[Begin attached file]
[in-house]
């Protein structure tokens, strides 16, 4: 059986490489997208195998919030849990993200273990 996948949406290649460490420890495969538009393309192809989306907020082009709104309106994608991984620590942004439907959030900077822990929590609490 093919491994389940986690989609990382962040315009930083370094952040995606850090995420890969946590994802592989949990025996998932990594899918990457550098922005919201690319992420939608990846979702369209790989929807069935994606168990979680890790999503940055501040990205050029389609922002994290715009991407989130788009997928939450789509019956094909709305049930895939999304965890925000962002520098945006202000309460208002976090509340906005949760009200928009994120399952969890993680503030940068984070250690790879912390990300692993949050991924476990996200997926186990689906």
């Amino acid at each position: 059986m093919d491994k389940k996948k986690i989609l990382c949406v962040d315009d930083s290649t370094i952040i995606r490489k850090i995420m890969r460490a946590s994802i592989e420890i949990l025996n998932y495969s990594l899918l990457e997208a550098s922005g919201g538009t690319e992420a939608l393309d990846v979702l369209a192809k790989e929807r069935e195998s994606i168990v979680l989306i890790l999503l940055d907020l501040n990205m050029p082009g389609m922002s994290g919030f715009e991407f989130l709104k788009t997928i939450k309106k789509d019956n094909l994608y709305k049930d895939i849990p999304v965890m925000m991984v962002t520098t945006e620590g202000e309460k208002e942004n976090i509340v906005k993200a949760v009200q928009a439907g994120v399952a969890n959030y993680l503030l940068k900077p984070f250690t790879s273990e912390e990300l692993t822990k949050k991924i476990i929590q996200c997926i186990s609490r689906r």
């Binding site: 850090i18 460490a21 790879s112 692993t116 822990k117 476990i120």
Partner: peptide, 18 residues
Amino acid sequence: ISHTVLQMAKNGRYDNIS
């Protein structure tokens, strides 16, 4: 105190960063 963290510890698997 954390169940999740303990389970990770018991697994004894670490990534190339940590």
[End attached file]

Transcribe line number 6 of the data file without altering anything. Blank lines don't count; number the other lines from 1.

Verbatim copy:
Amino acid sequence: ISHTVLQMAKNGRYDNIS